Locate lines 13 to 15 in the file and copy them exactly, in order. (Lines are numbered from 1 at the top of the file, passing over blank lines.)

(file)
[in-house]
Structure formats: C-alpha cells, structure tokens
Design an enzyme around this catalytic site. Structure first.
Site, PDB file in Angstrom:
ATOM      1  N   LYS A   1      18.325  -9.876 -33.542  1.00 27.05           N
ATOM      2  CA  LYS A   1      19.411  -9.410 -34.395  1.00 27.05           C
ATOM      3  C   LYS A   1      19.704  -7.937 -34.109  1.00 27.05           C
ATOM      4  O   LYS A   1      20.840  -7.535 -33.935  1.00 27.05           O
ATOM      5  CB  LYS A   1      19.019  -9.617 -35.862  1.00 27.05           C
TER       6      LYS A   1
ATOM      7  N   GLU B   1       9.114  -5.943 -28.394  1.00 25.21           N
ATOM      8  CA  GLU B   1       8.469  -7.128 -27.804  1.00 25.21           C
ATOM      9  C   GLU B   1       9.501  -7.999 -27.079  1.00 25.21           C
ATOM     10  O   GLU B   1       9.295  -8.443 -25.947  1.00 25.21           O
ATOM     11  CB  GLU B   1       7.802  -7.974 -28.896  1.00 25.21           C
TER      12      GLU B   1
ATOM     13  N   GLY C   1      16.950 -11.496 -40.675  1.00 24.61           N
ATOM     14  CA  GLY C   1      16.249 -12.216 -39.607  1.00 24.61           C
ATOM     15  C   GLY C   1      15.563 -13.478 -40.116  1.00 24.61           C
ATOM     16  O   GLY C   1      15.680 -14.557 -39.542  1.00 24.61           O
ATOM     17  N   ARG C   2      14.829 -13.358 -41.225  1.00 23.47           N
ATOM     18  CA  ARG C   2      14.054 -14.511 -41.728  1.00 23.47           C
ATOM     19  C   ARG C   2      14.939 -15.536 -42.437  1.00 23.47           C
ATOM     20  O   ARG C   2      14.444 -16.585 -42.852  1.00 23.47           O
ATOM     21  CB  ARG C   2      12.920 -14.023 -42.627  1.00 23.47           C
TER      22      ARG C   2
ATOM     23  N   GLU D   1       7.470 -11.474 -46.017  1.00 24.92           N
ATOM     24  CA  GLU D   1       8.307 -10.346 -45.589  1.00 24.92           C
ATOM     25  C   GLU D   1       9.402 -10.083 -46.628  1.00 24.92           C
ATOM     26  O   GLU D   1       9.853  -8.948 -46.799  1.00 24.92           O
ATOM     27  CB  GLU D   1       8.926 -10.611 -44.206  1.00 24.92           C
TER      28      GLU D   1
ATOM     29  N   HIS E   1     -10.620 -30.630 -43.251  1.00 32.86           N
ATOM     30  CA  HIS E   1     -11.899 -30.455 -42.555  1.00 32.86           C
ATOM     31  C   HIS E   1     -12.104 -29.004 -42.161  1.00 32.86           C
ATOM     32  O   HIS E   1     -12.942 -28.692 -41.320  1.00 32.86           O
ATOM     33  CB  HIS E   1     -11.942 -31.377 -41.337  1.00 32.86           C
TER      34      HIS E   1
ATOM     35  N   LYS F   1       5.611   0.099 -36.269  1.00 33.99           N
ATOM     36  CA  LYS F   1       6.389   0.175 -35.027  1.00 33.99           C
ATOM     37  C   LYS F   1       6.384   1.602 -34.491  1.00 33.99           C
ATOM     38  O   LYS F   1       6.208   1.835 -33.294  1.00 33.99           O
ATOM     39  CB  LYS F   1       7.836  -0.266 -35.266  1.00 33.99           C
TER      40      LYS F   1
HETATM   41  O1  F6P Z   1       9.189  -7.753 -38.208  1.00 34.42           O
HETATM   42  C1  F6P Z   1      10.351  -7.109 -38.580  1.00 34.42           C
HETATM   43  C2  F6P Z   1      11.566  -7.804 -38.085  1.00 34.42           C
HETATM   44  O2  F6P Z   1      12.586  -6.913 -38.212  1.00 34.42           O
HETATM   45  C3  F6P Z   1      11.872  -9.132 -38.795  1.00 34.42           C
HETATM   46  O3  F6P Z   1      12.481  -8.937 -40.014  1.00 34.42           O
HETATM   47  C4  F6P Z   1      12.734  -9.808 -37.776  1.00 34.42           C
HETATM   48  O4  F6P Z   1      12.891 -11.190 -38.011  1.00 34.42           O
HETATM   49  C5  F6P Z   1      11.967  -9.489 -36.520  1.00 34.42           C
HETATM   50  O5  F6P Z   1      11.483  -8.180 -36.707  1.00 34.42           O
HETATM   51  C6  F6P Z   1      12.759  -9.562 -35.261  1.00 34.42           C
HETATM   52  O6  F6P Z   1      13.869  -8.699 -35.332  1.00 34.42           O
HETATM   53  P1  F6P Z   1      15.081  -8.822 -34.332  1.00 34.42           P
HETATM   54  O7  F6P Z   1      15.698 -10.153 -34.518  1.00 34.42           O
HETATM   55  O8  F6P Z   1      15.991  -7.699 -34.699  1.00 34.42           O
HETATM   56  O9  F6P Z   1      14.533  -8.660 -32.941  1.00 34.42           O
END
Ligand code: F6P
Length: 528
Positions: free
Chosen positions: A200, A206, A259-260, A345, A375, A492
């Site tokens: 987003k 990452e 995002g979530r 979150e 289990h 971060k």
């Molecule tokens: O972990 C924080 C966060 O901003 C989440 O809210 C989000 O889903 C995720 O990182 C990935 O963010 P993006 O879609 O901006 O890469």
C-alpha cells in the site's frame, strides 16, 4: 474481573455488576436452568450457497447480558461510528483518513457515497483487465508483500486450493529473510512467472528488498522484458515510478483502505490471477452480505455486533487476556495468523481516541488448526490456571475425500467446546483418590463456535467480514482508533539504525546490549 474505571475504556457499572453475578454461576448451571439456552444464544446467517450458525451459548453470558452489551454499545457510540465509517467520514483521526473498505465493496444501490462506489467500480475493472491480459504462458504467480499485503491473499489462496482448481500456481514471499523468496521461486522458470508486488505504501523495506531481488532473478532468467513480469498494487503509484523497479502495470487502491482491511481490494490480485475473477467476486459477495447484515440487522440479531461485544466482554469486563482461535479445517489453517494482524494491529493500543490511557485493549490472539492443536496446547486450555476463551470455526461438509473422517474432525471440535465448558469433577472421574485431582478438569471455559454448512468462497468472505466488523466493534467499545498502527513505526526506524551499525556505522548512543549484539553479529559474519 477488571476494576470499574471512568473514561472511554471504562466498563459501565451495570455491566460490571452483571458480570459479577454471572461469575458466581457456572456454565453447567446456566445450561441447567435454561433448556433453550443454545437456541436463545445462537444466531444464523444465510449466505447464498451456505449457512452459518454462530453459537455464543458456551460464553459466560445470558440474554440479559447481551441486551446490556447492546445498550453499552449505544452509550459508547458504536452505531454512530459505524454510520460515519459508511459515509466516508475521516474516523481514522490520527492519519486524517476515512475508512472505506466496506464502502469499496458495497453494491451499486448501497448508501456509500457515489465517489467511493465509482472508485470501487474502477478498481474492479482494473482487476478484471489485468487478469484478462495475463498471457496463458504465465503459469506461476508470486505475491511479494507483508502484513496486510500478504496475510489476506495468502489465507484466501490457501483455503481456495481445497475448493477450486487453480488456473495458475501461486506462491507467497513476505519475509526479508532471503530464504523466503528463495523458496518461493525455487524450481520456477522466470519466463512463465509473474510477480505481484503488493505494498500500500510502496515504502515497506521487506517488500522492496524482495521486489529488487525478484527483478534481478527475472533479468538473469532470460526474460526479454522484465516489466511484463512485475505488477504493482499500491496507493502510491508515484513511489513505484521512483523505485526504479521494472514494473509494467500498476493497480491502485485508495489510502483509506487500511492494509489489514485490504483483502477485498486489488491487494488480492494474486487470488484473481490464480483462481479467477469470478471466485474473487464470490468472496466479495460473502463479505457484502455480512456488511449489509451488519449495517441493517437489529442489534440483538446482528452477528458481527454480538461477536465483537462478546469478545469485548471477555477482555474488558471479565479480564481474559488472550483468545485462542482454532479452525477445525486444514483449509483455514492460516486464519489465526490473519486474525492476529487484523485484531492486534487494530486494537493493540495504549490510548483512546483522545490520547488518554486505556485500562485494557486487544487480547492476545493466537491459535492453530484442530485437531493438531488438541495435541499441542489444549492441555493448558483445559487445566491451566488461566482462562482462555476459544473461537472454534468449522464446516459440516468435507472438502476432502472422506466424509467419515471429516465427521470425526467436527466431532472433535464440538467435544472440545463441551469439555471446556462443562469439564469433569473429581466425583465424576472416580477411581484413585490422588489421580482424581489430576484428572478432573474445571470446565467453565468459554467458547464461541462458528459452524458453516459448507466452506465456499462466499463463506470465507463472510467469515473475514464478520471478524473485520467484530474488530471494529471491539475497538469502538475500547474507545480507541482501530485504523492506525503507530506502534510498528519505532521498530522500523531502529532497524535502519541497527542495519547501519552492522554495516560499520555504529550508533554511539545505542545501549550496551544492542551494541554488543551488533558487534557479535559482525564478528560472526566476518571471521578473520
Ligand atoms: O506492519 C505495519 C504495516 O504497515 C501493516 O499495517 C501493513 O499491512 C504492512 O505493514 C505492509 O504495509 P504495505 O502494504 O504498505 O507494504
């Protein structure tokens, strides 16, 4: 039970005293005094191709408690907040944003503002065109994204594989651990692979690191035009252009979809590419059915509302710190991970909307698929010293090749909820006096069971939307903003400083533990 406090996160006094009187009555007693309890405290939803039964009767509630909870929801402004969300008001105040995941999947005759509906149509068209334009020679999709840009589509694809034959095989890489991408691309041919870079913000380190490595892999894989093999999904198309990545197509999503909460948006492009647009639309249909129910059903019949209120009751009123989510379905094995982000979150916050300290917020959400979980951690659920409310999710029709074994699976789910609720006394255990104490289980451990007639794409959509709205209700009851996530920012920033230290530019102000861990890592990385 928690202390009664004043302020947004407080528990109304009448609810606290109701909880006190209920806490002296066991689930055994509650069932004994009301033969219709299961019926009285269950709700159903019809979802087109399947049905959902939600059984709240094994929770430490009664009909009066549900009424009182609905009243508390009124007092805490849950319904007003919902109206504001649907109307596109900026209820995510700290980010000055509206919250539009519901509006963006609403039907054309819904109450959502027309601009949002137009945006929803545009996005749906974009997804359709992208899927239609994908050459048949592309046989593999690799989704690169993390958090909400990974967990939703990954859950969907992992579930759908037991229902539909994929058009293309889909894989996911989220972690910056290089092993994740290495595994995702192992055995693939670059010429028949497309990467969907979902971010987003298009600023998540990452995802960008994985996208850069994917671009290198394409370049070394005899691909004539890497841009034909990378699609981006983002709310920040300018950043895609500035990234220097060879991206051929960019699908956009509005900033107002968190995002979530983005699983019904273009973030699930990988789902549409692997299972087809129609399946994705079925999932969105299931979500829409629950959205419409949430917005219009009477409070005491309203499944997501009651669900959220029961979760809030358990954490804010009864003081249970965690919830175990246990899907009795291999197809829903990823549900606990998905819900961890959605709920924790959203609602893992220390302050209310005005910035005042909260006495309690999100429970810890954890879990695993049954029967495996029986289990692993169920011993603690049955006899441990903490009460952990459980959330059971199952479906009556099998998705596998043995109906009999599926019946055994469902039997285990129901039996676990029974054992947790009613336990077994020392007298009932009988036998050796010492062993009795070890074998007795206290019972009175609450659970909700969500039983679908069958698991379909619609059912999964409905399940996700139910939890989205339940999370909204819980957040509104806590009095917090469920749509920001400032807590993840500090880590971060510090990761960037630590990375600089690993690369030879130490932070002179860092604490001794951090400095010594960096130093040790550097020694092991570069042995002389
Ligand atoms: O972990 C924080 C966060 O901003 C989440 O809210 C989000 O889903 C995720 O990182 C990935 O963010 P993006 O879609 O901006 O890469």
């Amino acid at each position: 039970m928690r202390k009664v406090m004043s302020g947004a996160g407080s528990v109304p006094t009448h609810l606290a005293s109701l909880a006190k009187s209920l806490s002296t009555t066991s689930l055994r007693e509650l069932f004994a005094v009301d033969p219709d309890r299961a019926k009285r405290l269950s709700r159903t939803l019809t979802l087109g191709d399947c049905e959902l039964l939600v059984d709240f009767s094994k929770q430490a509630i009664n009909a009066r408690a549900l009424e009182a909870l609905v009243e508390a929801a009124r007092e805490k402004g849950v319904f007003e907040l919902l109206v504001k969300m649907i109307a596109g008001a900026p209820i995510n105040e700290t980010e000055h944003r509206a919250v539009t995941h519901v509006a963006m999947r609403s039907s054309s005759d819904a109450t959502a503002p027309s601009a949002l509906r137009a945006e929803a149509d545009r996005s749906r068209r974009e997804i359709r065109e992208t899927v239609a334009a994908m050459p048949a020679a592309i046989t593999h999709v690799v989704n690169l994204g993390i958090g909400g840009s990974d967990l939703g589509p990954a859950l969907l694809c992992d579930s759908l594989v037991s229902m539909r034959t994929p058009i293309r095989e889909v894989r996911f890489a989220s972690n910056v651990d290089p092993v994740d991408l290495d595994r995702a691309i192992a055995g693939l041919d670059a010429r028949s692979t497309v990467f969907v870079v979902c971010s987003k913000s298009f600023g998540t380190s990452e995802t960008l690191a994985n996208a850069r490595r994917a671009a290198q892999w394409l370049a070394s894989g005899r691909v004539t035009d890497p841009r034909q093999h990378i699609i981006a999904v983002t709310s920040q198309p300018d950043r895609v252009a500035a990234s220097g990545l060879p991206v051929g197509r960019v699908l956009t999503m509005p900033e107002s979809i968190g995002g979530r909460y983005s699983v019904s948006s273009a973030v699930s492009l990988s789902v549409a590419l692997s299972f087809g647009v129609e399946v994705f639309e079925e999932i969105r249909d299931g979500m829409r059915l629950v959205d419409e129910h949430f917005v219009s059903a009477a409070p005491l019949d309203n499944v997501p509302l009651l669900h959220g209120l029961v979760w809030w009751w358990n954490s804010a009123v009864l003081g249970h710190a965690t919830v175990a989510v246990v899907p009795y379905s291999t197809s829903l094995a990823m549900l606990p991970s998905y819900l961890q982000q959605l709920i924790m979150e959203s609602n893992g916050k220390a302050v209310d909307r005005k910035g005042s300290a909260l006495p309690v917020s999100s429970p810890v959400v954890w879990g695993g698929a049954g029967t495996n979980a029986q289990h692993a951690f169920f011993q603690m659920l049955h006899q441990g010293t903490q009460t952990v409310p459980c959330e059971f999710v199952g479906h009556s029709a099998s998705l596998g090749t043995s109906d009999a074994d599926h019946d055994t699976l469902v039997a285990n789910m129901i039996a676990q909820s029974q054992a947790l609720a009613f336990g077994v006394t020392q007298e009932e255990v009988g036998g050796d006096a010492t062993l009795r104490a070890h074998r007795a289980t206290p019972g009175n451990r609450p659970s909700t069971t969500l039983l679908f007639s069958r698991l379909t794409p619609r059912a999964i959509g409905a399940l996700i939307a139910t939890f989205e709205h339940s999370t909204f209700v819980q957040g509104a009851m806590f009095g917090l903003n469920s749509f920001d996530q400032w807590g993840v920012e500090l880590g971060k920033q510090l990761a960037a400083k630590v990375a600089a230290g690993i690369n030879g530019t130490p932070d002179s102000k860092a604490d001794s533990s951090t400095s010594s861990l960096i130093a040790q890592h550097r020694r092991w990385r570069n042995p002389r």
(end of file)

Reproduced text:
ATOM      9  C   GLU B   1       9.501  -7.999 -27.079  1.00 25.21           C
ATOM     10  O   GLU B   1       9.295  -8.443 -25.947  1.00 25.21           O
ATOM     11  CB  GLU B   1       7.802  -7.974 -28.896  1.00 25.21           C